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Ask HN: How to explain job gaps on the resume?
222 points by jobgaps 19 days ago | hide | past | web | favorite | 238 comments
I'm interviewing with several companies for SDE roles and have a gap of > 12 months since my last job. Is this a career killer and a huge red flag for any hiring manager?

The real reason for a break was medical but then got out of hand given i had enough savings to support myself and sort of slacked for a while (like 3-4 months).

Now i feel completely healthy, refreshed, passionate and ready to rock again. What is the best way to mitigate this issue when applying / interviewing?

Do you have any advices learned from previous experience or caveats i should be prepared for?

PS. My total work experience is 5+ yrs.




A gap in your resume is called a sabbatical. You spent a year doing something else that's more important to you because you can afford it. Medical plus some recovery time is a great reason. But just playing around with some new tech, investing in your education, or even spending time on your other interests, work for charity, or see something of the world, are great reasons. Slacking off may not sound great, but many employers are unlikely to care that much about the gap, and if they do, there's always a more interesting way to phrase it.


Also, if you had good reason to take time off, but the future employer still has a problem with it, you probably don't want to work for them anyway.


I think this sort of statement is thrown around too lightly. It's a bad sign, but there's a limited amount of signal in it. It may not correlate strongly with employee experience, and lots of other positive factors might outweigh it.

Maybe it's just one recruiter's resume filter. Maybe the company actually has a great medical leave policy, or pays really well, or works on something the OP is super excited by. Or maybe the company is just really, irrationally weird about applicants having gaps on their resume, but is otherwise perfectly normal, and it doesn't matter ever again after OP signs an offer.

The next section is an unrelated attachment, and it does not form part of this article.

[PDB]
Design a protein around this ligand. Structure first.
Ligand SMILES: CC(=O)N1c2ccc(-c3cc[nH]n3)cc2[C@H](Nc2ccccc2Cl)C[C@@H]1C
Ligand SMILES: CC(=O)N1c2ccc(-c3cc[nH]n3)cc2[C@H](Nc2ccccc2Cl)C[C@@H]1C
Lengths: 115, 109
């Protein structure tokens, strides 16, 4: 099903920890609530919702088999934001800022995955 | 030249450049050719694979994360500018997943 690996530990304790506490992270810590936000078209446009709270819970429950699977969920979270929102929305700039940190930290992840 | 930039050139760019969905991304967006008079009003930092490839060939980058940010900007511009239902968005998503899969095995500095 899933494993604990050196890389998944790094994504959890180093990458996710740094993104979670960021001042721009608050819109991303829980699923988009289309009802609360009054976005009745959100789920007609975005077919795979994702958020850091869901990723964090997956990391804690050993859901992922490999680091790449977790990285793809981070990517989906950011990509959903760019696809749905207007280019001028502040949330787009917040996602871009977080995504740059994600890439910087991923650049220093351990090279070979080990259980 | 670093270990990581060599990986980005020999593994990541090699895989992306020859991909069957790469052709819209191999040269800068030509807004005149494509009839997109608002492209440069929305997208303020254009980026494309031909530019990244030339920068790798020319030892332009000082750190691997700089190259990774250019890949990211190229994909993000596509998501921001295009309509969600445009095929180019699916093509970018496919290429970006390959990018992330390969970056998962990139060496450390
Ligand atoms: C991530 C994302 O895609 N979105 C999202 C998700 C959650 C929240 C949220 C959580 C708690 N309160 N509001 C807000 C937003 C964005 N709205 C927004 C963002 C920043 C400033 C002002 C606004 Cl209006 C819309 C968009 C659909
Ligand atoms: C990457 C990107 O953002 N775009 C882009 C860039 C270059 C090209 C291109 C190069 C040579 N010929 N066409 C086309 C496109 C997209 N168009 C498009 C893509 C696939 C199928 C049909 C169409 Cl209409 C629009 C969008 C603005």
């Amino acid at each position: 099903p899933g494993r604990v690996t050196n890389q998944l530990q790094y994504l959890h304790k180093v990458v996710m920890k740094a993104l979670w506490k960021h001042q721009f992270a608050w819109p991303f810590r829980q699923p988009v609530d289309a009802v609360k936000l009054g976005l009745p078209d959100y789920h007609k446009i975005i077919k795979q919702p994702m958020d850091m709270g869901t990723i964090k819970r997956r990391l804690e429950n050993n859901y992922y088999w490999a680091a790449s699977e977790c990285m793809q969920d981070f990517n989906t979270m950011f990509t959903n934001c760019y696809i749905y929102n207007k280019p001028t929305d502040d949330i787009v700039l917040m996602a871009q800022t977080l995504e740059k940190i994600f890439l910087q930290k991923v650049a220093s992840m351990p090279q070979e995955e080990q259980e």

Sure, given two offers from otherwise identical companies OP should count this as a mark against, and sign an offer from someone who doesn't care. Given offers that aren't otherwise identical, though, what's it worth? $5k in salary? More? Less?


> though, what's it worth? $5k in salary? More? Less?

Maybe a huge amount. If an employer has a negative predisposition towards you, and you already have a small negative signal on your own resume (gap)-- they have the potential to really screw things up for you. The amount of suck you might endure is unbounded, and the probability of your recent experience on your resume becoming worse is too high.


I think this answer misses the point, which is that this information is only a weak predictor of the problems you describe, thus must be discounted accordingly.


How do you discount "personal catastrophe" appropriately, though? Surely the volatility in outcomes is very important, and not some simple expected value.

A 5% chance of my house burning down is much more costly to me than 5% of the economic cost of my house burning down. Indeed, there's not really a (reasonable) discounted price I will take for a chance of my house burning down.

Of course, this kind of aggressive avoidance of risk is exactly the thing we are annoyed with the employer for... But most employers do not have their eggs in one basket to the extent that someone returning to their career from a gap does.


You normally wouldn’t discount linearly. But that doesn’t mean you can’t put a price on it. There’s a limit to how much you’d pay for insurance, for example. Some risk is part of life.


I didn't say one can't put some price on it. I said "maybe a huge amount" in comparison to someone saying that perhaps one would value it at $5k.

$5k this year is small compared to future potential career earnings; not much of a difference in probability of losing those is required to far exceed $5k. Just strict linear expected value could be bad, let alone when one weights the risk and volatility.


I'll echo this, and add in what some other commenters have said below: you might want to consider leading with your sabbatical in an interview. Talk about it in a positive way, and how you're refreshed and ready to come back to work now.